Azure Portal October update
This post was co-authored by Leon Welicki, Principal Group PM Manager.
We heard your feedback loud and clear: it is hard to keep up with Azure’s pace of innovation. How do you learn about anything and everything new about Azure portal?
We’re starting a monthly series to bring to you everything that is new and updated in the Azure Portal and the Azure mobile app. We will specifically cover the areas that affect the user experience and how it affects your daily work.
This blog will not announce new services on Azure or bring you what’s new on specific Azure services. We recommend that you follow service announcements to keep up to date with the news for all Azure services.
With that, here’s a list of October updates:
Portal shell and UI
- User experience refresh
- Account, subscription, and directory management improvements
- All Resources view (preview) improvements
Azure mobile app
Compute, networking and storage
- Virtual Machine and Storage Account create blades now in full screen
- Virtual Machine Scale Sets (VMSS) UI updates
- Storage Explorer (preview) in browse
- Azure Advisor notifications and other integrated experiences in Virtual Machines
- Service Fabric Mesh new portal experience
- Desired State Configuration on the Virtual Machine blade
- Virtual WAN (GA) portal experience
- App Gateway Web Application Firewall UI updates
- Activity Log UI improvements
- Managed Applications UI updates for Service Catalog
- Managed Applications new default overview and monitoring support
- Azure Automation with support for Python 2 runbooks
- SQL Database sign-in experience with improved visibility for the query editor
- SQL Data Warehouse maintenance window configuration
Let’s take a closer look at each of the enhancements listed above. To try out some of the preview features, log in to the Azure Portal preview page.
Portal shell and UI
We’ve introduced modern design updates to refresh the look and feel of the portal to increase productivity, improve accessibility, and make better use of your screen real estate. Some key improvements include:
- Improved information density and better use of screen real estate;
- Simplified visuals that offer a better flow between different areas in the UI;
- Better highlighting of key navigational elements like global search and breadcrumbs;
- Improved accessibility and updated colors that improve contrast ratios, allowing usage over long periods of time reducing eye-strain.
We’ve made these design updates without changing our existing interaction model, so you don’t need to re-learn how to use the Azure Portal. For more details about these changes, refer to this blog: “Designing for Scale and Complexity.”
The subscription filter is now available in the top navigation bar. It allows you to configure the default directory, search, sort, and set your favorite directories.
In preview, you now have the possibility to switch between multiple accounts in the same browser instance.
Switch between multiple accounts (preview)
Azure Resource Graph (ARG) provides a fast and rich way to query through large sets of Azure Resources. This new experience allows for faster browsing with very large sets of resources. We have also integrated ARG in the global search so you can enjoy a faster experience when using the search bar.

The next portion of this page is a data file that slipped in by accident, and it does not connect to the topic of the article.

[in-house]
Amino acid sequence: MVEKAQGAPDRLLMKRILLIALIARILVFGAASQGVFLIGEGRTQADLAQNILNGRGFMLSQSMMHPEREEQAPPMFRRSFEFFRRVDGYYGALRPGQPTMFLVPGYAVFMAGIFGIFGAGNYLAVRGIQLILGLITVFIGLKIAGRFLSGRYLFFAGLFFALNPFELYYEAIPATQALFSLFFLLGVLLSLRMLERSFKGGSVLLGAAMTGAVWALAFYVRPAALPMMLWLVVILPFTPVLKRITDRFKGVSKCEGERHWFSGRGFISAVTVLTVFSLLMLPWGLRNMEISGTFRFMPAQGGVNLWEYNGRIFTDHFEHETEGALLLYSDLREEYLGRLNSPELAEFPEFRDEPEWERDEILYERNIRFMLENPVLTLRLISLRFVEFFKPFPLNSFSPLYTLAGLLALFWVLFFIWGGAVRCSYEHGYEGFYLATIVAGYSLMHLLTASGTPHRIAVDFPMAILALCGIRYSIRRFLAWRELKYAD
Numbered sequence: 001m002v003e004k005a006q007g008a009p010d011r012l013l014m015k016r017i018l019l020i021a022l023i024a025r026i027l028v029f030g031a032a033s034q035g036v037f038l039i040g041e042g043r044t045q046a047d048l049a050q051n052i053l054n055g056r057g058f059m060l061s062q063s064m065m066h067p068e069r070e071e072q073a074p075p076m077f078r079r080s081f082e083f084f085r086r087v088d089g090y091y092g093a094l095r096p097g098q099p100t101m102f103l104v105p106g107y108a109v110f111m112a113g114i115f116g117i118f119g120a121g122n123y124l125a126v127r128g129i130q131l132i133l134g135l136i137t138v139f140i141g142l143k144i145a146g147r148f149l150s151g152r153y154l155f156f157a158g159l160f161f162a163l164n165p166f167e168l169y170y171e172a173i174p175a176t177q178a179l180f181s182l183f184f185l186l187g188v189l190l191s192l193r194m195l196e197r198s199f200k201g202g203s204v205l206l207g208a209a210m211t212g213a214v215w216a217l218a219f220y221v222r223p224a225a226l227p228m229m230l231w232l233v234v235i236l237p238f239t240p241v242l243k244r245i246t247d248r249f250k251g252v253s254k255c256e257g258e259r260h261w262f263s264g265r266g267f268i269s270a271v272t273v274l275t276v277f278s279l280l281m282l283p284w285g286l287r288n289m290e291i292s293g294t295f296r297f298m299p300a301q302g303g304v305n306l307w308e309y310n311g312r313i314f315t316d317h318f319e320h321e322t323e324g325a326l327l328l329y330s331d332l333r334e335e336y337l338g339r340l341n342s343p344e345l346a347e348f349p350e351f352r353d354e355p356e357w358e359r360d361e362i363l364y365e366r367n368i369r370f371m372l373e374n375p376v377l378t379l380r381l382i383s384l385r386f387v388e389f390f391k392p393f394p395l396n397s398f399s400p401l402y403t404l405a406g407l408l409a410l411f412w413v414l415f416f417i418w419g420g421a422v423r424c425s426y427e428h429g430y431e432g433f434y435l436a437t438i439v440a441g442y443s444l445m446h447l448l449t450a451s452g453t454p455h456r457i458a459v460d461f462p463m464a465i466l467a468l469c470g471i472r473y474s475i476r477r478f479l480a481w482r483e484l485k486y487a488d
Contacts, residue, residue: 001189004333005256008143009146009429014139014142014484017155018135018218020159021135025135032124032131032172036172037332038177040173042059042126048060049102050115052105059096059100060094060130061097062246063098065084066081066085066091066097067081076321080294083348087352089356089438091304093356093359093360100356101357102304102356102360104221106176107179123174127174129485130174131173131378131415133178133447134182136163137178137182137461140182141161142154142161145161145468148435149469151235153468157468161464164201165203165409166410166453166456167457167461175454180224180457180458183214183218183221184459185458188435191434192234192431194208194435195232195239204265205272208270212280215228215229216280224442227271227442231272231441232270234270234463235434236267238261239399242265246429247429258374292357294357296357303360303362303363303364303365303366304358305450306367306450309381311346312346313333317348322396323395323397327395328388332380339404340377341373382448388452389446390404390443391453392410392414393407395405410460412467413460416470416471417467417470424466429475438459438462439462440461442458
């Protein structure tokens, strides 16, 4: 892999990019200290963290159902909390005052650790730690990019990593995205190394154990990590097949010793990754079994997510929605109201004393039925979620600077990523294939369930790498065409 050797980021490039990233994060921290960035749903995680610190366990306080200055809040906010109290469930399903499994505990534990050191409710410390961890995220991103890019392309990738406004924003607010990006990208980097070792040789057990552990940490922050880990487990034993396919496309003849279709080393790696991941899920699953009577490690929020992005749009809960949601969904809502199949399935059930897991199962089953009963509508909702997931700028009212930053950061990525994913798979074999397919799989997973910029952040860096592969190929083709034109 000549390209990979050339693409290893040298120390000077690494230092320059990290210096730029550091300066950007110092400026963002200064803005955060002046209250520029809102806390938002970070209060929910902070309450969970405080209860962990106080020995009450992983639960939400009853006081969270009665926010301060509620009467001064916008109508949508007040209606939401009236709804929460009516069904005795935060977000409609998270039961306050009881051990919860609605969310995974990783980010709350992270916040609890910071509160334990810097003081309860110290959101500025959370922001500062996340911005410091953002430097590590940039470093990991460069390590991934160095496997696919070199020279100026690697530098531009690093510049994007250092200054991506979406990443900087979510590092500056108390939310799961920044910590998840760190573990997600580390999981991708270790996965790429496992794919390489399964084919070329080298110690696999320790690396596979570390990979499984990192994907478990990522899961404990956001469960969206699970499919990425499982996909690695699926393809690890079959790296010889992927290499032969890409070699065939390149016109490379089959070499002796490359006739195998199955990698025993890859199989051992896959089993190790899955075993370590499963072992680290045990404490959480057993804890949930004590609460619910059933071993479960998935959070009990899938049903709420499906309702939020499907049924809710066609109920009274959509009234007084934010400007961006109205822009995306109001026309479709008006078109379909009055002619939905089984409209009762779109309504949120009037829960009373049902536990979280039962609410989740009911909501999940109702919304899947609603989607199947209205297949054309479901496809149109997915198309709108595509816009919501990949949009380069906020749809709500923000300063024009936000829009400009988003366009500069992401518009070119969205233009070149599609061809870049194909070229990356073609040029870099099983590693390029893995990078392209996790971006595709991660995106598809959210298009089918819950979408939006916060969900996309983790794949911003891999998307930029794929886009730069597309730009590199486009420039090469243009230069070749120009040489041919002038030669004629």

New “All Resources” view (preview)
Azure mobile app
You now can now give or revoke access to Azure resources to your co-workers by using the Azure mobile app.
RBAC now available on Azure mobile app
Quickstart Center now includes guides, called “Playbooks,” that help you configure your Azure environment following Microsoft-recommended guidelines for governance. It walks you through RBAC, organizing and tagging your resources, securing your resources, enforcing compliance, and monitoring the health of your Azure environment.
Configure your environment following Microsoft-recommended guidelines
Compute, networking, and storage
Back in May 2018, we started to simplify resource creation in Azure. Starting with AKS and IoT Hub, we revised our designs to make creating resources in Azure faster, more streamlined, and make better use of screen real estate. In this release, we have applied these principles to Virtual Machine and Storage account creation experiences.
New full-screen Virtual Machine create page
We added the following new capabilities in the portal for VMSS:
- Select new or existing Virtual Networks when creating new Virtual Machine Scale Sets;
- Add data disks to scale set model;
- Updated instance details view with instance host metrics;
- Add extensions to the scale set model
- Added metrics to the overview page.
Metrics now available in the instance overview page for Virtual Machine Scale Sets
Storage Explorer is now easier to find since it is available as a resource in browse. You can now easily manage multiple storage accounts under different subscriptions in one view.
Storage Explorer (preview)
You can now see Azure Advisor notifications directly in the VM overview page. The notification sends you to Azure Advisor where you can learn more and take action. Additionally, we have updated the Virtual Machine blade to integrate the following pages: MSI, VM insights, logs, state configuration, serial console, and performance diagnostics.